A quirky language-lovers tour of the twenty most-spoken languages in the world - what puts them a cut above the other six thousand?
If you were to master the twenty languages discussed in Babel, you could talk with three quarters of the world's population. But what makes these languages stand out amid the world's estimated 6,500 tongues?
Gaston Dorren delves deep into the linguistic oddities and extraordinary stories of these diverse lingua francas, tracing their origins and their sometimes bloody rise to greatness. He deciphers their bewildering array of scripts, presents the gems and gaps in their vocabularies and charts their coinages and loans. He even explains how their grammars order their speakers' worldview.
Combining linguistics and cultural history, Babel takes us on an intriguing tour of the world, addressing such questions as how tiny Portugal spawned a major world language and Holland didn't, why Japanese women talk differently from men, what it means for Russian to be 'related' to English, and how non-alphabetic scripts, such as those of India and China, do the same job as our 26 letters. Not to mention the conundrums of why Vietnamese has four forms for 'I', or how Tamil pronouns keep humans and deities apart.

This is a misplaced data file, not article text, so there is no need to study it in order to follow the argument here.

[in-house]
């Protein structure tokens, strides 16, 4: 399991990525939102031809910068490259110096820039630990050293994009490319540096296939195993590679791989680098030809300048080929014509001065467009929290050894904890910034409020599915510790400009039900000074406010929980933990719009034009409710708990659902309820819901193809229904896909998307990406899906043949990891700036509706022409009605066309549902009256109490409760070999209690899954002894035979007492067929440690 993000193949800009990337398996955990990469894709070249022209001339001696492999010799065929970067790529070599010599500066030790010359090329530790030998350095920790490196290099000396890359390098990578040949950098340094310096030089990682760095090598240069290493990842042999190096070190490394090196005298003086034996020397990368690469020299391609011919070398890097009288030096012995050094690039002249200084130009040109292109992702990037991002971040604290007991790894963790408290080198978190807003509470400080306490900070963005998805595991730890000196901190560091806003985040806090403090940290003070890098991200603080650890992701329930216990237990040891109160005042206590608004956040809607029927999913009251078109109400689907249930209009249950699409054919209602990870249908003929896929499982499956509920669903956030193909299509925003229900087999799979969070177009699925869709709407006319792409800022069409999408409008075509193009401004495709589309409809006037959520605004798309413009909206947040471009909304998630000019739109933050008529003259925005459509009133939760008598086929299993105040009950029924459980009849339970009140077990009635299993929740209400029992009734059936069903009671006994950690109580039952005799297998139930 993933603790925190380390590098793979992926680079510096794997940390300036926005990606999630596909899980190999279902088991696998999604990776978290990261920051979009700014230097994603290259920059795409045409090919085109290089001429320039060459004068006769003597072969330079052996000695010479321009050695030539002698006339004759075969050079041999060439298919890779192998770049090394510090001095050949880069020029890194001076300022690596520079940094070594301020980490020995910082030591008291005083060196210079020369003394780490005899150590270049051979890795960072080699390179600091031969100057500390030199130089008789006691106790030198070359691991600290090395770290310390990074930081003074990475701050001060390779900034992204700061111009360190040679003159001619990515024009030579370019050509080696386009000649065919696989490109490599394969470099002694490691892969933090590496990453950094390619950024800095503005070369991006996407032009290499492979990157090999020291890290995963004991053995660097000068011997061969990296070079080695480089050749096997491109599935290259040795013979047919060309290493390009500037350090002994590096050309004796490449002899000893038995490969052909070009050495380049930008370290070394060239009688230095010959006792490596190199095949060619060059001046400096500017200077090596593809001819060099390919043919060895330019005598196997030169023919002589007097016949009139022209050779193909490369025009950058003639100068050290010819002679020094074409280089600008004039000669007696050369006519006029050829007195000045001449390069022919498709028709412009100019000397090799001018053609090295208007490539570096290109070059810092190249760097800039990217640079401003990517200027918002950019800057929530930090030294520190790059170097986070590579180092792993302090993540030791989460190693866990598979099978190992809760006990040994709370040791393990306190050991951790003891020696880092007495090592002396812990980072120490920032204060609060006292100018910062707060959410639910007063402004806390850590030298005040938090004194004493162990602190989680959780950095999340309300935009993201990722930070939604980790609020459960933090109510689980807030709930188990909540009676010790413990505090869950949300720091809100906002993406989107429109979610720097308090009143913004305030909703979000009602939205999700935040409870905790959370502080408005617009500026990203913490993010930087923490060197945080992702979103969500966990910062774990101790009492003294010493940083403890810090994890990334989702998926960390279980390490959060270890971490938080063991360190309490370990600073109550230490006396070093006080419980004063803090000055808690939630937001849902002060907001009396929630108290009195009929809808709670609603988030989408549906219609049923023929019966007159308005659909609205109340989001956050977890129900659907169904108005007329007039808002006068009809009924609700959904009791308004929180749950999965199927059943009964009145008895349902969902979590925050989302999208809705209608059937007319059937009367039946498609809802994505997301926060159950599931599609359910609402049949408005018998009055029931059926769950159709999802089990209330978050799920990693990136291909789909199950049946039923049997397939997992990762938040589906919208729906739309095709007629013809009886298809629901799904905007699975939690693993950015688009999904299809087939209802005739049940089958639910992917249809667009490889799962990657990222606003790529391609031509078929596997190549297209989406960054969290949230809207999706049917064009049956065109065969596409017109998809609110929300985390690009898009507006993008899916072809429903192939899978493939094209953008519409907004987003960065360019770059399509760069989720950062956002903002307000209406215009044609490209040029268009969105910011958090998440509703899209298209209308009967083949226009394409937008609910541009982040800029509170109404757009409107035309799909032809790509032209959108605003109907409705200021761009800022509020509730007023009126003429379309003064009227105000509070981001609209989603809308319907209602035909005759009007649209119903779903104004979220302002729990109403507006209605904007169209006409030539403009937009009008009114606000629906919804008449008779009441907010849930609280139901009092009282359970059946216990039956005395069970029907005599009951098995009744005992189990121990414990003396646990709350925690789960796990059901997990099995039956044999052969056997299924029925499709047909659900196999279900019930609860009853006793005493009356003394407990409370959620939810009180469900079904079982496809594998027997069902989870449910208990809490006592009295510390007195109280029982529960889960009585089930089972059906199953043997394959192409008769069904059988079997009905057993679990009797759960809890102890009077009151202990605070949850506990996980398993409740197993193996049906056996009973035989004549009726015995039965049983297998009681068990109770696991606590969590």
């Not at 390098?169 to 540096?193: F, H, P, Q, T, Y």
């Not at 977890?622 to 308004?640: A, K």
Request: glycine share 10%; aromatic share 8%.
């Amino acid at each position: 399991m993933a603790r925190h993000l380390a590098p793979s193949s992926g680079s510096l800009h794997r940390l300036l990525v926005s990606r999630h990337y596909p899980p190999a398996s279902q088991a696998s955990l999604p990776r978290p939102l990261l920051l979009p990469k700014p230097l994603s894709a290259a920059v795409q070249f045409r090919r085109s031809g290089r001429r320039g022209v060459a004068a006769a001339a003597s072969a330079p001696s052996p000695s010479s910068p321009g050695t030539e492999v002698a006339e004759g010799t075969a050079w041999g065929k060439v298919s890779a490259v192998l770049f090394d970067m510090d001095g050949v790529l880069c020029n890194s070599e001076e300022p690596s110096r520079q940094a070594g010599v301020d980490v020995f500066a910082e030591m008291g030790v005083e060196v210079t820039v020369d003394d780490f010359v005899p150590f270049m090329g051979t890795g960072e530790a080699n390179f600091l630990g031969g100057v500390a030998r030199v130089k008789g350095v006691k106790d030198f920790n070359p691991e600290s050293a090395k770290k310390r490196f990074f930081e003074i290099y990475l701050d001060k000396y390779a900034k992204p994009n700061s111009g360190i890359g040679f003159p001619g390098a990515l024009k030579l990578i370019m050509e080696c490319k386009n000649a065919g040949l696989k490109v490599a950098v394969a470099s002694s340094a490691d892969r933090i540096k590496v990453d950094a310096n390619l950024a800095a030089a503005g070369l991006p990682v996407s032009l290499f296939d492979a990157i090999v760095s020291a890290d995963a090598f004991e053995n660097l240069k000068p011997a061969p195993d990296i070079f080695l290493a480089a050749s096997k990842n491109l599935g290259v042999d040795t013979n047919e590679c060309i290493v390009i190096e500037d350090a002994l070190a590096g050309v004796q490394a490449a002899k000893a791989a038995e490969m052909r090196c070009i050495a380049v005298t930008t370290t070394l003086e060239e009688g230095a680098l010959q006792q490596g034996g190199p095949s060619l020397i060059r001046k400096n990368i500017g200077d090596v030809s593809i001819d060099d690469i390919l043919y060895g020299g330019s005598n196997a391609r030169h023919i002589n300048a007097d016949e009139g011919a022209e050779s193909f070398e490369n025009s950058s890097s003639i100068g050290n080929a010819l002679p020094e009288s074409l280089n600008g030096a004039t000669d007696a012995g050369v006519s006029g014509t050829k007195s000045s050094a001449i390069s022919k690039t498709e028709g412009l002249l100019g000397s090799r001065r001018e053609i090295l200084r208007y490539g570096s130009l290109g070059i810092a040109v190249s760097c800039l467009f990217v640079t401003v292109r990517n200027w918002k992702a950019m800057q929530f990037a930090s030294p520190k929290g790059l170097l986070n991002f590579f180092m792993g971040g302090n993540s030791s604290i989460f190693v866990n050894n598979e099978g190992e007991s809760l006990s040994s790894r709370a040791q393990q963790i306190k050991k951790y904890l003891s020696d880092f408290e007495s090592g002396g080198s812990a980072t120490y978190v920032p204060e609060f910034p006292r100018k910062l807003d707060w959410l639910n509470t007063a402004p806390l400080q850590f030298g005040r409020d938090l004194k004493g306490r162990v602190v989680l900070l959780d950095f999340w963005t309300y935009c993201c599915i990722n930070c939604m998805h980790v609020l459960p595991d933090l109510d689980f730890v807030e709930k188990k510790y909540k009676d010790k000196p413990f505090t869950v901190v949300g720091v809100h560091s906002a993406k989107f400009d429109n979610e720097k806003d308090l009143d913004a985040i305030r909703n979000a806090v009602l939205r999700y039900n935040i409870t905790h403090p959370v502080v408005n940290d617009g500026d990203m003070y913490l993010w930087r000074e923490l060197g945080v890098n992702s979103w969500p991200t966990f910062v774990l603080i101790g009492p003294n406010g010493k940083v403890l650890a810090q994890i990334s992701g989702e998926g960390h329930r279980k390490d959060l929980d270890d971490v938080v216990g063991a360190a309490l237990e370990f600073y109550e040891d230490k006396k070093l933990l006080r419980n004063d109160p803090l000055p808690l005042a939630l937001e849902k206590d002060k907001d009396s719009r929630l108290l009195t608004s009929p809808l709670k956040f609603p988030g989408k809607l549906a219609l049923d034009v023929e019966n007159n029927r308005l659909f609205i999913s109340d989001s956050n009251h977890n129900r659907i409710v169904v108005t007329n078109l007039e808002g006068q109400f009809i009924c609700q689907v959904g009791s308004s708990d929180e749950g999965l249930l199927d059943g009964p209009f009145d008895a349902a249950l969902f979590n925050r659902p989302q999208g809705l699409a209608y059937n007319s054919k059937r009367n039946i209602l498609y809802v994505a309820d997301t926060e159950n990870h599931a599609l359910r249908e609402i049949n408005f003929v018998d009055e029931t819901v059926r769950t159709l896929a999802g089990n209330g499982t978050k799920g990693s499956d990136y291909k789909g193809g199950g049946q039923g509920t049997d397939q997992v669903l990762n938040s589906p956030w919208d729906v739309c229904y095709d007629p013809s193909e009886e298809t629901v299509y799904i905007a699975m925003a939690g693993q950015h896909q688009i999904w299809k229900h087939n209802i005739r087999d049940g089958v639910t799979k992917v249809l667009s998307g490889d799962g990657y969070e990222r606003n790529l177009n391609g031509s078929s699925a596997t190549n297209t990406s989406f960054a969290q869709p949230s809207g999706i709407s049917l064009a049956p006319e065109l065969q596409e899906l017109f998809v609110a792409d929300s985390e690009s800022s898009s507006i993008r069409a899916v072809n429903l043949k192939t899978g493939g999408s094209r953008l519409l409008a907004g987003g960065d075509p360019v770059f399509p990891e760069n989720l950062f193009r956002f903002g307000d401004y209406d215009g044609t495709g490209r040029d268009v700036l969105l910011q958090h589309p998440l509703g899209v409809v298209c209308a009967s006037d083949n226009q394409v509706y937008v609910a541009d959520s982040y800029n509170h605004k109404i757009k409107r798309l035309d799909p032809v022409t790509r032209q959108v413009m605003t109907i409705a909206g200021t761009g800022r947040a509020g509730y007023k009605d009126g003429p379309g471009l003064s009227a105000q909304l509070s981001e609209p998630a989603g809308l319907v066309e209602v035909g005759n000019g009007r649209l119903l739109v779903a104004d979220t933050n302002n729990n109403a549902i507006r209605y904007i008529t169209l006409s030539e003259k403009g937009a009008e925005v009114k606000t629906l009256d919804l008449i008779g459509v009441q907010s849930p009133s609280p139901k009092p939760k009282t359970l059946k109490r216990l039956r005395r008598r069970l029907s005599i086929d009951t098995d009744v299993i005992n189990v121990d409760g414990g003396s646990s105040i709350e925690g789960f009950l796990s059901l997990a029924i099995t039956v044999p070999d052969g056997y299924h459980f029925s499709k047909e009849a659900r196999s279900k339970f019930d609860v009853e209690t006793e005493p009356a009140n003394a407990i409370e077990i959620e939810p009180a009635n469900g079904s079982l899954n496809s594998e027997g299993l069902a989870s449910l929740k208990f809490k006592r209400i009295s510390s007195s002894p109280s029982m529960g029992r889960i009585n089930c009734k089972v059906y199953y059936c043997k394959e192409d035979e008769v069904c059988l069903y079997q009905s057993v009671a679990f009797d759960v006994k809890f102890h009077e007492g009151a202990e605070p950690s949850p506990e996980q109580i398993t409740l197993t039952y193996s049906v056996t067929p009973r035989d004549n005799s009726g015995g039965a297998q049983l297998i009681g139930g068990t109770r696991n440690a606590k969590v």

Babel will change the way you look at the world and how we all speak.
Gaston Dorren is the author of Lingo, a book on European languages that, as the Telegraph put it, is 'both genuinely interesting and enormous fun [with his] impressive ability to flip with ease from jokes and surprising facts to the discussion of complex linguistic ideas'. He is a regular contributor to the popular linguistics magazine Onze Taal, and edits the Language Writer blog. A true polyglot, Gaston speaks Dutch, Limburgish, English, German and Spanish, and reads French, Afrikaans, Frisian, Portuguese, Italian, Catalan, Danish, Norwegian, Swedish, Luxembourgish and Esperanto. While writing Babel, he also tried to learn Vietnamese.
Humour & Gift
Paperback - B format